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An article from Popular Songs magazine, August 1935

Written by Peter Barnes

If melodies and poems have hearts, then it was love at first sight when Jimmy McHugh's tunes met Dorothy Fields' lyrics.
So congenial are their words and music that a love song from this fascinating team always means a welcome addition to the language of lovers.

When they wrote I Can't Give You Anything But Love, Baby these songsters started a million young couples marching blithely to the altar.

Whether her beau sang the light-hearted "proposal" with a daring twinkle in his eye, or awkwardly hummed its inviting strains into the mazes of her curls, the palpitating girl-friend told herself desperately, I Must Have That Man.

Essentially, we are a romantic people but sometimes it is difficult for us to gracefully express our amorous sentiments. Then along come Dorothy Fields and Jimmy McHugh and say-it-with-a-song for us.

Neatly, not too sentimentally, we find ourselves singing, You're Lovely to Look At, delightful to know and heaven to kiss.

We caught Jimmy at his Broadway office. Tall, tanned, and grey-eyed with a very pleasant manner, he is charming to meet.

He was born in Boston, where he attended the Holy Cross School. While his brothers, both of whom are now lawyers, were winning championships as best. bugler and best drummer in the band, Jimmy was craving fame as a member of the school's track team.
His mother enjoyed playing the piano, and both of his sisters were musical. McHugh,
Sr., was a plumbing contractor.

"My father wanted me to be a plumber's helper and follow in his footsteps," said the
composer of
Hey! Young Fella.

'When I was eighteen I put the tools on my shoulder and went to it. On a job where
I carried four-inch pipes from one part of a house to another, one of the pipes fell bang on my feet. I said, 'That's the end of plumbing!

'In Squatum, Massachusetts, the Wright Brothers and other noted aviators were having a big meeting. I went there. About that time, an important aviator was killed. Then, I said: 'No aviation for mine.'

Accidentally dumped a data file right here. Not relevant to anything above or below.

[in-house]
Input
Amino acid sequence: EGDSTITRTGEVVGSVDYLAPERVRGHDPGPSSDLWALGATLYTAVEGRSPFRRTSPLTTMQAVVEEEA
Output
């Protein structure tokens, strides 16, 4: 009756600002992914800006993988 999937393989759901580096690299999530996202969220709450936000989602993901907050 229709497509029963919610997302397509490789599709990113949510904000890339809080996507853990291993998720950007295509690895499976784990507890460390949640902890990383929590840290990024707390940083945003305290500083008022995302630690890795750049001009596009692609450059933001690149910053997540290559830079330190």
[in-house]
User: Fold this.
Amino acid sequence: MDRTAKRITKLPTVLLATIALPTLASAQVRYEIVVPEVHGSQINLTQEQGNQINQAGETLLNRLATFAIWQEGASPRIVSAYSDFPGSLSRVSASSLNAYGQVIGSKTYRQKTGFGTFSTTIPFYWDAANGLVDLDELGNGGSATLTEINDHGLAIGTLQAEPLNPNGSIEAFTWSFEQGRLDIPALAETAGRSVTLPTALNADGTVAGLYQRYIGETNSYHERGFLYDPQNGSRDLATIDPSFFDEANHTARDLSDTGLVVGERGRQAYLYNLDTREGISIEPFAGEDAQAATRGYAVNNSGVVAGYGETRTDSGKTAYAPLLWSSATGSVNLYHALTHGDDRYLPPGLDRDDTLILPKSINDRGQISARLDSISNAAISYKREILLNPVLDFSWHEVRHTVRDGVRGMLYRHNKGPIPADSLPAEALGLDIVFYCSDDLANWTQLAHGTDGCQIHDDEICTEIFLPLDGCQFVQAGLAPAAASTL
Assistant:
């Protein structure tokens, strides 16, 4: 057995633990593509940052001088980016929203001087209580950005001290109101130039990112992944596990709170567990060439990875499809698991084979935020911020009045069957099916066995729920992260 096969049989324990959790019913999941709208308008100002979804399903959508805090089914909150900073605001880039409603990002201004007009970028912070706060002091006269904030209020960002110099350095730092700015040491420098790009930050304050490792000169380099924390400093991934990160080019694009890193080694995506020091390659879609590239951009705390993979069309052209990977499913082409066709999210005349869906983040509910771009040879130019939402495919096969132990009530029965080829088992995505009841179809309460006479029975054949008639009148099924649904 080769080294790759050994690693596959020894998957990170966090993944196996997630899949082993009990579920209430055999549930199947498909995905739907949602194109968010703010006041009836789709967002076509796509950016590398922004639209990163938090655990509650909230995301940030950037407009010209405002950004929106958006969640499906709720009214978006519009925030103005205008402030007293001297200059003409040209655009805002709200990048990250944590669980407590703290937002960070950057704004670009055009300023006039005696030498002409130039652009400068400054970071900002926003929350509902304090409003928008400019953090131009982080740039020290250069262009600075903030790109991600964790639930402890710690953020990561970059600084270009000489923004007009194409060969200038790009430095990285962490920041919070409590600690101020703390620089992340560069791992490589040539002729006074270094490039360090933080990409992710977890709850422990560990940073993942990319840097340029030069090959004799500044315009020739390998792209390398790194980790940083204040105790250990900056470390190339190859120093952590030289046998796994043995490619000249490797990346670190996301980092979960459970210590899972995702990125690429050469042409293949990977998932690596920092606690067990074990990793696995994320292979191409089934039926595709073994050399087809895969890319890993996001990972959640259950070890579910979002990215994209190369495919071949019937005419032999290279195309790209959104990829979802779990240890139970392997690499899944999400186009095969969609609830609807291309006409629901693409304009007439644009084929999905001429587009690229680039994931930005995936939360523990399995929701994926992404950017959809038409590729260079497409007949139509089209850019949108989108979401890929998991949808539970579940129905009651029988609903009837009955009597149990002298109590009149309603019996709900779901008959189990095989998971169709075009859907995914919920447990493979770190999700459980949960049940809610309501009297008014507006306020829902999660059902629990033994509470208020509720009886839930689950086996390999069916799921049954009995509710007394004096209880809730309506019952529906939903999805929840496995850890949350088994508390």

"Returning home. I applied for the position of office boy at the Boston Opera House. For three years, that was my place.

"Next, I worked for the Irving Berlin Company, in Boston. I plugged songs and rehearsed acts for $8 a week. There were no regular hours. However, while at Berlin's I received 17 raises in salary."

Finally, Jimmy became professional manager for Jack Mills and later on, a partner in the firm. It was he who employed Al Dubin. Together, they wrote My Dream Of The Big Parade, My Kid, You're The Lonesomest Girl In Town and Hinky-Dinky Parlez-vous.

One day along came the beauteous Dorothy Fields, with her smouldering, dark eyes, lovely teeth, freckles and slick poems.

That changed everything, it started the say-it-with-a-song vogue for. timid lovers, also, for those not so timid. It put a punch into romance. I'm Full of the Devil, sings he.

Learning A Lot From You, she warbles.

Dinner At Eight. My Dancing Lady.

I'm Doing That Thing, she trills ecstatically.

Jimmy told us how he had immediately sensed the tremendous possibilities in Dorothy's lyrics. He had then and there decided that he would quit the pblishing business, and go into song-writing as his profession.

Lew Leslie liked their songs. He engaged them to write his Blackbirds of 1928. In this show were such unsettling numbers as Doin' the New Low-Down, Here Comes My Blackbird, Bandanna Babies, Digga Digga Doo, Magnolia's Wedding Day and I Can't Give You Anything But Love, Baby.

Dorothy has a slim, dark, athletic type of beauty. Her only facial make-up is lip-rouge, and she uses a colorless nail polish.

"I hope you don't mind the phones - trunks all over, 'n' everything," she smiled. 'You see I only returned yesterday from Hollywood by plane.

"But to go back to songs; after "Blackbirds," we wrote, I'm Looking For Love and other numbers for Florenz Ziegfeld's last Midnight Roof show. Then we did a leg show for my daddy, Hello Daddy."

All of you will remember that beguiling number, Let's Sit And Talk About You.
In the same production were also, Your Disposition is Mine, As Long As We're
In Love
and In A Great Big Way.

"For the fourth 'International Revue' we wrote. A Gypsy in Love, That's What We're Dancing, I'm Feeling Blue, Exactly Like You and Keys to Your Heart' Dorothy continued.
"For five years, we've gone to the coast and written a picture, But this trip, we did five musical shows in five months! "There were the new songs for "
Roberta," for the Wheeler-Woolsey picture, "NitWits,' and for "Every Night At Eight" with George Raft and Frances Langford.

"Then there was, 'Hooray For Love."

"That ought to be your theme song."

"Oh !" Dorothy laughed.

Dorothy Fields is twenty-eight years old. She has been married for ten years to Dr. J. J. Wiener of New York.

"I like to write early in the morning," she said, "Guess I'll always be kinda Lost
In A Fog
Without You, and I Feel A Song Coming On are my favorites."

Now, let us cut back to Jimmy's office.

"I use both the inspirational and manufactural methods. I start off with either one and the other just naturally develops itself," said Jimmy.

Jimmy himself, now worships, of all things, grand opera! His earnest desire is to write an operetta.

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